Reviews written by registered user
|3 reviews in total|
Albert and Herbert, father and son, both cantankerous and cranky, both
lovable. Herbert ("Hebbe lille" - little Hebbe) can't leave his father, an
old junkyard proprietor. Their little house is gray and gloomy, few women
have put their feet inside during the different series
This comedy is warm, the love between father and son shines through even during the most outrageous moments. I think it was in this last series they split their home in two equal parts with a white demarcation line, each forbidden to cross into the other's side. This has been done in many American movies/shows, but this is the one _I_ will regard as the original, because it was the first I saw on film.
Thomas von Brömssen is still one of the great actors of Sweden and Scandinavia, too bad he never made it internationally as Stellan Skarsgård did. The late Cederhök was a big old lovable dad in these series, and the dynamics between the two actors will surely never be seen again in Scandinavian comedies.
For a frame of reference for international audiences the comedy is on par with the "Odd Couple", the same dynamics.
The quaint atmosphere of the village/town/city where the scrapheap is situated seems to be a '50 postwar Oslo, though it is Swedish through and trough.
If you ever get the chance to catch it, do.
Bo Hermansson, the director has done a string of pretty successful television comedies in Scandinavia.
This TV series were, and are, a hit with Norwegian audiences, and also a
limited success in Sweden and Denmark. The comedy is sometimes hilarious and
over the top, in the best style of British comedy, and this is, of course,
thanks to the writing of Ray Galton and Alan Simpson. One of the episodes is
based the "Impasse" from the Comedy Playhouse, another on "Sealed by a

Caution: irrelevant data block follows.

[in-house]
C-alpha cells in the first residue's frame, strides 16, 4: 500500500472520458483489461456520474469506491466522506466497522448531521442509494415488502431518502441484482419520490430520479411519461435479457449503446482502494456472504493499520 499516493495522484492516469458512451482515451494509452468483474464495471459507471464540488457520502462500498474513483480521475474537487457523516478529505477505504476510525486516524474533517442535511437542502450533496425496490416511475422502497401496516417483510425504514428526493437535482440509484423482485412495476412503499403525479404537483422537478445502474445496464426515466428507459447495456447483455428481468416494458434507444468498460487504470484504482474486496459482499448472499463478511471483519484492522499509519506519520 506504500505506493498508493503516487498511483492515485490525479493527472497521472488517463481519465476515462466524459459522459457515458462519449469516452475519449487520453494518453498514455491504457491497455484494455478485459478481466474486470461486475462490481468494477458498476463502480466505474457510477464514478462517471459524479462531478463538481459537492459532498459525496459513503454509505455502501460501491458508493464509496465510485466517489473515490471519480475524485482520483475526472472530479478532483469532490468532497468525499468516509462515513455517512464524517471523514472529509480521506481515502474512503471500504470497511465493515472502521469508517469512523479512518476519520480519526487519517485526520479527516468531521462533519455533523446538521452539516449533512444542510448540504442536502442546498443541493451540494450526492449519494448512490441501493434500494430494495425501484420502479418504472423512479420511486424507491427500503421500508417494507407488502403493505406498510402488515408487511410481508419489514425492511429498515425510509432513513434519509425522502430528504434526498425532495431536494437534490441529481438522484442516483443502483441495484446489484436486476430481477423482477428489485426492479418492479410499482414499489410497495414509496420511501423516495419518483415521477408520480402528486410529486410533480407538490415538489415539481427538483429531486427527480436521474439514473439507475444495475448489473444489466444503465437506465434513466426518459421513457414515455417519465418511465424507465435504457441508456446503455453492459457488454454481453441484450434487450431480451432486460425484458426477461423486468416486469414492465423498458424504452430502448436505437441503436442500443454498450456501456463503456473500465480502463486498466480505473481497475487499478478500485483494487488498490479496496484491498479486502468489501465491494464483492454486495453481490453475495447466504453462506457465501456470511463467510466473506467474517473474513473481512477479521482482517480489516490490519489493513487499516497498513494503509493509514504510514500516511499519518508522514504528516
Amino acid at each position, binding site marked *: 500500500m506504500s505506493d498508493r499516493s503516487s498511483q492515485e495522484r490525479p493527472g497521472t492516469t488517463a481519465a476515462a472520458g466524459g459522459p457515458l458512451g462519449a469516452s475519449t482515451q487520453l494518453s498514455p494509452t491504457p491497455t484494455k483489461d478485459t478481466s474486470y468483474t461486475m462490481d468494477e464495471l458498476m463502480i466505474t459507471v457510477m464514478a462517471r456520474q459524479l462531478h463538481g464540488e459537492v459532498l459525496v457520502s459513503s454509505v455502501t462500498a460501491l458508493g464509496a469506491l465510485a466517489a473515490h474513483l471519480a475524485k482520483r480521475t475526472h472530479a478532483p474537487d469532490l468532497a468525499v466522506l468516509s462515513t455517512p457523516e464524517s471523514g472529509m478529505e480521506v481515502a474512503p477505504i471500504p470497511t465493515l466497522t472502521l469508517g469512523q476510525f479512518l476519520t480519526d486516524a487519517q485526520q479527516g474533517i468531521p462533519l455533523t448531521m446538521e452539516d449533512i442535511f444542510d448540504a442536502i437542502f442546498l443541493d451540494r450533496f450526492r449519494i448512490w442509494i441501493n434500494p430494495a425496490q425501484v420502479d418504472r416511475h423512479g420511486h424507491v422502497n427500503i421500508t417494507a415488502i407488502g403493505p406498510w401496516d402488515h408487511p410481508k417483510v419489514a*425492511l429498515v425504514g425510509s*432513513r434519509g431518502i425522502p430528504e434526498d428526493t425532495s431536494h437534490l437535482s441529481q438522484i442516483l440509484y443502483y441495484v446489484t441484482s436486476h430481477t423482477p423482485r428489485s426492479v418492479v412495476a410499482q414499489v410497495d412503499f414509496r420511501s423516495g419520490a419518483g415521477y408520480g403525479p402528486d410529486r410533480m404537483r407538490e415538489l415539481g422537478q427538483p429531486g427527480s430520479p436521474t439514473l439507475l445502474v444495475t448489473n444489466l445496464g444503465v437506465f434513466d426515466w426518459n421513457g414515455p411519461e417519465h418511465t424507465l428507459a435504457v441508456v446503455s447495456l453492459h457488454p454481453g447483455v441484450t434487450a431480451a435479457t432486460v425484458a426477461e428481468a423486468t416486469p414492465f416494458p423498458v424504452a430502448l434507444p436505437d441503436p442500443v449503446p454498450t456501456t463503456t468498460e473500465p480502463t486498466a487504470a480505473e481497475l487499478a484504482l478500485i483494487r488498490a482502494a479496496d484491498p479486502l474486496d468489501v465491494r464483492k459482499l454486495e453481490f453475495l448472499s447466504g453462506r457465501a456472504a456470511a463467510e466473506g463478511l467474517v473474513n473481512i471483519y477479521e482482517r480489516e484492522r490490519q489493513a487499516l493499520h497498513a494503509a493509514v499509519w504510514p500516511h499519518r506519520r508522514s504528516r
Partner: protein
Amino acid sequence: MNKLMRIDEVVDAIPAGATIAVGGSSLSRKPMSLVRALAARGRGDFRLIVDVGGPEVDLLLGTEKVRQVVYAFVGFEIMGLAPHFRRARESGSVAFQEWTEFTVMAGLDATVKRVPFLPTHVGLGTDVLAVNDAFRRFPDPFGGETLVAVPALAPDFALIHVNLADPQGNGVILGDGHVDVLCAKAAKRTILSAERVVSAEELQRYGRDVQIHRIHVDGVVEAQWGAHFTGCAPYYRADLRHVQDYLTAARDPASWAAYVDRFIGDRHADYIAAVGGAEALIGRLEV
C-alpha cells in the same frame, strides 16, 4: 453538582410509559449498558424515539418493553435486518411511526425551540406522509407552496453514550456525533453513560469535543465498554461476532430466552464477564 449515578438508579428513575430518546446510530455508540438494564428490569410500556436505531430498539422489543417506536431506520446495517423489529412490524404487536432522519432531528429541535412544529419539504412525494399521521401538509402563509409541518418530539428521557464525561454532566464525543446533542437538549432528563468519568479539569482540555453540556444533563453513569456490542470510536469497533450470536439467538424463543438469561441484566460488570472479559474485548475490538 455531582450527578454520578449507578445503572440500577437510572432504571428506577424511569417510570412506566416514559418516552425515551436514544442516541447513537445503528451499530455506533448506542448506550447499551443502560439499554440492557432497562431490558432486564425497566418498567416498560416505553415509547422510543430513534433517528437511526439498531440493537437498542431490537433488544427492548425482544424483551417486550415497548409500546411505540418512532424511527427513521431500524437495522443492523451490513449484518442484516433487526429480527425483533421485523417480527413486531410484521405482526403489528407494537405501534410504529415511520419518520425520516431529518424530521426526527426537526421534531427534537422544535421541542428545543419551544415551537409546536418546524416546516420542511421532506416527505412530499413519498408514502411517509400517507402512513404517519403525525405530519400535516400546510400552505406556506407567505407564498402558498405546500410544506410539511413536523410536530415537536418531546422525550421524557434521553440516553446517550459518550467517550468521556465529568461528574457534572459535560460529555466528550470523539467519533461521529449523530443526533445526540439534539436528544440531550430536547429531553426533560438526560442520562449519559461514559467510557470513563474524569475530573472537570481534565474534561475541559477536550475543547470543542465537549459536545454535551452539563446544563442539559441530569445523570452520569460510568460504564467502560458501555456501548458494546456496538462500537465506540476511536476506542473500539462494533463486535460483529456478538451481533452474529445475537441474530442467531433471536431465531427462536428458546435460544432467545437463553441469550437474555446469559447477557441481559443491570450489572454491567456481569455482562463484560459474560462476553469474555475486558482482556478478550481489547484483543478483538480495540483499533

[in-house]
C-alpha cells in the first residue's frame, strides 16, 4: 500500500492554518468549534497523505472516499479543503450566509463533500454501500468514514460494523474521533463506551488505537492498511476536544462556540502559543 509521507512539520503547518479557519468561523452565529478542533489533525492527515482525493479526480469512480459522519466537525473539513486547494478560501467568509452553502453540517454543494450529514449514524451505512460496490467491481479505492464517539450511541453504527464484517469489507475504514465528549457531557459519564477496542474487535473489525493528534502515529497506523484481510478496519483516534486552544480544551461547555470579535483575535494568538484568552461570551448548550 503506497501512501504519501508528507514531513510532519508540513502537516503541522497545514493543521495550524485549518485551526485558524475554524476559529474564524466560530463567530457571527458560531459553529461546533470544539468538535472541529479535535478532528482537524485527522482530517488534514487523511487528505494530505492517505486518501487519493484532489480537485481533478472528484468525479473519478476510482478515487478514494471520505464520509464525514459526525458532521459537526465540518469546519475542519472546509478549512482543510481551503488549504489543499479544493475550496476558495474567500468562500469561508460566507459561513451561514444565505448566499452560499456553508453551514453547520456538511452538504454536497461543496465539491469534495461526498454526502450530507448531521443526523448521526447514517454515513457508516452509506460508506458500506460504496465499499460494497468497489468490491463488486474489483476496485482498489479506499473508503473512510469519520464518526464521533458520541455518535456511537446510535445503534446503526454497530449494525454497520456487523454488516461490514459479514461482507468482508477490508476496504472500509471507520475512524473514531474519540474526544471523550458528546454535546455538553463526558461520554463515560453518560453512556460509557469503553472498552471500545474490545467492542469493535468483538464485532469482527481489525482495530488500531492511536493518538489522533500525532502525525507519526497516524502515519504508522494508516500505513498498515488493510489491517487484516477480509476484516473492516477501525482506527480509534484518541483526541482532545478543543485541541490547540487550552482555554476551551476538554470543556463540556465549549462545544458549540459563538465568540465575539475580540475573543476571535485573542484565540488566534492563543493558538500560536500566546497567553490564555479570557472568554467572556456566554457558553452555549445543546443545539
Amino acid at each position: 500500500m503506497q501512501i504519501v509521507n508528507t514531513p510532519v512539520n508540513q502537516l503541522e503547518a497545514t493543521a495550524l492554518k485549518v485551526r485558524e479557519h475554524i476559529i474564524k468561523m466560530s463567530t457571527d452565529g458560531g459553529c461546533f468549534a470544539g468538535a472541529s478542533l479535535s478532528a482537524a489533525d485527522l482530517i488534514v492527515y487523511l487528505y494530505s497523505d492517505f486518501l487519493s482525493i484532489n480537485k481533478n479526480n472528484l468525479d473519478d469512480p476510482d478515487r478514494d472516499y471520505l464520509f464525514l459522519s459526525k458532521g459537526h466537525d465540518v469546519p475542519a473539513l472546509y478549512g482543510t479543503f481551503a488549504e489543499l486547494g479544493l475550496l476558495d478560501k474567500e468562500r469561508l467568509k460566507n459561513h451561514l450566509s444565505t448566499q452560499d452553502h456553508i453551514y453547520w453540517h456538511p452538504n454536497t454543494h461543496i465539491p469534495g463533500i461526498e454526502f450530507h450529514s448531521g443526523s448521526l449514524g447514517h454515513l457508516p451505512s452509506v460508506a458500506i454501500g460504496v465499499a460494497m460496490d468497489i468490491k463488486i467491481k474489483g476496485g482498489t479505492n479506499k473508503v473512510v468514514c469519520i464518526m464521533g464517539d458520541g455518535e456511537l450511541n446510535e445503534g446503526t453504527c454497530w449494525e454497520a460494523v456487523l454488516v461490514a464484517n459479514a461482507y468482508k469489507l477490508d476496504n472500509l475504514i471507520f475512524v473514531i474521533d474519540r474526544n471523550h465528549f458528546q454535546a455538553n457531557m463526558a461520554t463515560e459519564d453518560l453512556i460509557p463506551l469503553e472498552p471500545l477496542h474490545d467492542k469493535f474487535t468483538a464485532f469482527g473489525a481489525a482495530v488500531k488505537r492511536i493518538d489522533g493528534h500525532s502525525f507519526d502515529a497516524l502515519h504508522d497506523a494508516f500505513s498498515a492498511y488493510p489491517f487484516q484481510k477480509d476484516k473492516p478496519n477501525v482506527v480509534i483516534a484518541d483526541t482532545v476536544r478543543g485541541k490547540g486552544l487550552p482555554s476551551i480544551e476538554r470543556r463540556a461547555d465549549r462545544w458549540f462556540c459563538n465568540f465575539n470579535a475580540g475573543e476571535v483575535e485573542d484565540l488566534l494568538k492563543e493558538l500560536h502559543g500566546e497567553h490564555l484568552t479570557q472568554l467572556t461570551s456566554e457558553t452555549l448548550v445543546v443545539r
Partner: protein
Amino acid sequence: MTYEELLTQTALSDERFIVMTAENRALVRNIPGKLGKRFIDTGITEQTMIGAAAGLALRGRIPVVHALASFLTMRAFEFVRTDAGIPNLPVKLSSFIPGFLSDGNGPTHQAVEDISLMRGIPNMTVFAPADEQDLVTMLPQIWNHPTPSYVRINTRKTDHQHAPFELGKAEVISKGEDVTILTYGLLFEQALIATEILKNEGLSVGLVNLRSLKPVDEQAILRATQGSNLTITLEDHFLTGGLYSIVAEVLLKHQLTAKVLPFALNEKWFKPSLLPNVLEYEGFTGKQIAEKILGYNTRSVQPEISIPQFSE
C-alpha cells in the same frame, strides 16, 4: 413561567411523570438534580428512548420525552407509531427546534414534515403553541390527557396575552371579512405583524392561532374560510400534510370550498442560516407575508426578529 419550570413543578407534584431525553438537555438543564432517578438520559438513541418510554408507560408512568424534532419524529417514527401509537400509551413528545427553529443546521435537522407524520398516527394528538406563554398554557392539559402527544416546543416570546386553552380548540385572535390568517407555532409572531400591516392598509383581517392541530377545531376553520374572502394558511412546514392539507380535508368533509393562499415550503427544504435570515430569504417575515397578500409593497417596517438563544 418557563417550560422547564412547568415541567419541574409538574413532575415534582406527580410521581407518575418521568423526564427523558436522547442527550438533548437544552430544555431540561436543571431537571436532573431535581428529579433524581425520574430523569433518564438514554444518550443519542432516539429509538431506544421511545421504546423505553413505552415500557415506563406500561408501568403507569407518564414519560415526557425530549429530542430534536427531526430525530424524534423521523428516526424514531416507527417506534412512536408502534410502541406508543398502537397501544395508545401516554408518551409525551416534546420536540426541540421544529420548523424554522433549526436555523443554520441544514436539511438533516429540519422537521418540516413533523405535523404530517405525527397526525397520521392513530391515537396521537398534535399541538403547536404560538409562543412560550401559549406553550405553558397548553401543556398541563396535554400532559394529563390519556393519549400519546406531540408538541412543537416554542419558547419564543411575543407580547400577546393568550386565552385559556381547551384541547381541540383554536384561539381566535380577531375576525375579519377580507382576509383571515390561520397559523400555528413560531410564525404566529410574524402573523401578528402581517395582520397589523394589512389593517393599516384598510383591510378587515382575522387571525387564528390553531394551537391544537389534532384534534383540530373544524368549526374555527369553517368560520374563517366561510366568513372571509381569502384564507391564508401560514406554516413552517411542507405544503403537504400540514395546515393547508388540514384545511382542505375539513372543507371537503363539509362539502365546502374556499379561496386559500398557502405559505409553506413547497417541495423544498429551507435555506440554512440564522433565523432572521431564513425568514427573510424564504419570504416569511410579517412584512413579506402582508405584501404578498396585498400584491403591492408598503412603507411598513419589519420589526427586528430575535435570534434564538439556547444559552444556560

loving kiss" and a third on "Visiting Day".
A couple of other memorable episodes is one where Fleksnes is the babysitter for a priest and his wife. His carefree and non-interested attitude give way to chaos as he takes on the role as the priest when parishioners start knocking on the door.
The Fleksnes series have had several follow ups through the years, though I can't seem to find any others here in IMDB.
The cast Rolv Wesenlund and Aud Schøneman is perfect. Rolv Wesenlund is a perfect Fleksnes. He don't care about other people, he's the perfect self-absorbed twit. Aud Schøneman is the doting mother who is content with keeping the son home, and overbearing with any and all of his faults.
The mother is actually quite in line with Albert of "Albert och Herbert" (Swedish TV series), based on the "Steptoe and Son" hit series by messrs Galton and Simpson.
*** This review may contain spoilers ***
Stig Dagerman wrote the short it says here, though I remember it as a
it has a rhythm and a style which to me suggests it is a poem and in
we were taught it as a poem.
The poem/short concerns an ordinary day in Sweden which ends in tragedy. The build up is very subtle in the poem, but a bit more obvious as a short.
Stellan Skarsgård does a very nice rendition of the poem here, well modulated and not too different from the poet's own rendition (which I've heard on the radio once or twice).
The story is simple, it follows the child playing and running errands for his mother and the young couple going for a trip to the sea. This goes back and forth until they all meet tragically in the end.
This is one of the few poems I know by heart, it has stuck with me since 7th or 8th grade when we learned it at school.